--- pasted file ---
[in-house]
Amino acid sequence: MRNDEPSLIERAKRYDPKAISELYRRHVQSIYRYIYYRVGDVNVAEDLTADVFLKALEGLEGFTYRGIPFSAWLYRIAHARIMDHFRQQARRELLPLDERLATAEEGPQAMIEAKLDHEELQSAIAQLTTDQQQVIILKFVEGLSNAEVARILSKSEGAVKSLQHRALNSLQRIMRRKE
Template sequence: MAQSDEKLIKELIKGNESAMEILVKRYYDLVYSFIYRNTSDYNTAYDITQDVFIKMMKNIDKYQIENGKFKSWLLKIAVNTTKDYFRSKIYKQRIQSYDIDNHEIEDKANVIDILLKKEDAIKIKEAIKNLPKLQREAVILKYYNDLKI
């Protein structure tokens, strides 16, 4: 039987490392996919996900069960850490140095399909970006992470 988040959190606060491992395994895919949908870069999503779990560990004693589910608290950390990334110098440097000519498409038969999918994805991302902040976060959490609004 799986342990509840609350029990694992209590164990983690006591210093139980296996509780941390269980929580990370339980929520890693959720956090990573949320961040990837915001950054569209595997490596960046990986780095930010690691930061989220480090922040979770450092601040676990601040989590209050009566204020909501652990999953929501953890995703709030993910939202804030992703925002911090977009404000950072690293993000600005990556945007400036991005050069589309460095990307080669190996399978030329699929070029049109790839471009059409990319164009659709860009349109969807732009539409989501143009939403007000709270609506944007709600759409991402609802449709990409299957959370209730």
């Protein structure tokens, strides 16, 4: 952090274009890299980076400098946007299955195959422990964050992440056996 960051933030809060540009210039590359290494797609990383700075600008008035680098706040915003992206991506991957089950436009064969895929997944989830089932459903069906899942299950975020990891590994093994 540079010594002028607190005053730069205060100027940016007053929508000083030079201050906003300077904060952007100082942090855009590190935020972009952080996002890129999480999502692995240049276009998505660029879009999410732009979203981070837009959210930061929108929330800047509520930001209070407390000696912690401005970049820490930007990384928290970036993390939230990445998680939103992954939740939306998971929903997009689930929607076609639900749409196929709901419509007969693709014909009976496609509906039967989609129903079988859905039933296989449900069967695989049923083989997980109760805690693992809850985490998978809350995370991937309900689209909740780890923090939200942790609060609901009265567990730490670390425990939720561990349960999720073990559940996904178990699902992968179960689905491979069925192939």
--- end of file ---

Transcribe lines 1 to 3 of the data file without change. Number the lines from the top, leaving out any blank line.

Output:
[in-house]
Amino acid sequence: MRNDEPSLIERAKRYDPKAISELYRRHVQSIYRYIYYRVGDVNVAEDLTADVFLKALEGLEGFTYRGIPFSAWLYRIAHARIMDHFRQQARRELLPLDERLATAEEGPQAMIEAKLDHEELQSAIAQLTTDQQQVIILKFVEGLSNAEVARILSKSEGAVKSLQHRALNSLQRIMRRKE
Template sequence: MAQSDEKLIKELIKGNESAMEILVKRYYDLVYSFIYRNTSDYNTAYDITQDVFIKMMKNIDKYQIENGKFKSWLLKIAVNTTKDYFRSKIYKQRIQSYDIDNHEIEDKANVIDILLKKEDAIKIKEAIKNLPKLQREAVILKYYNDLKI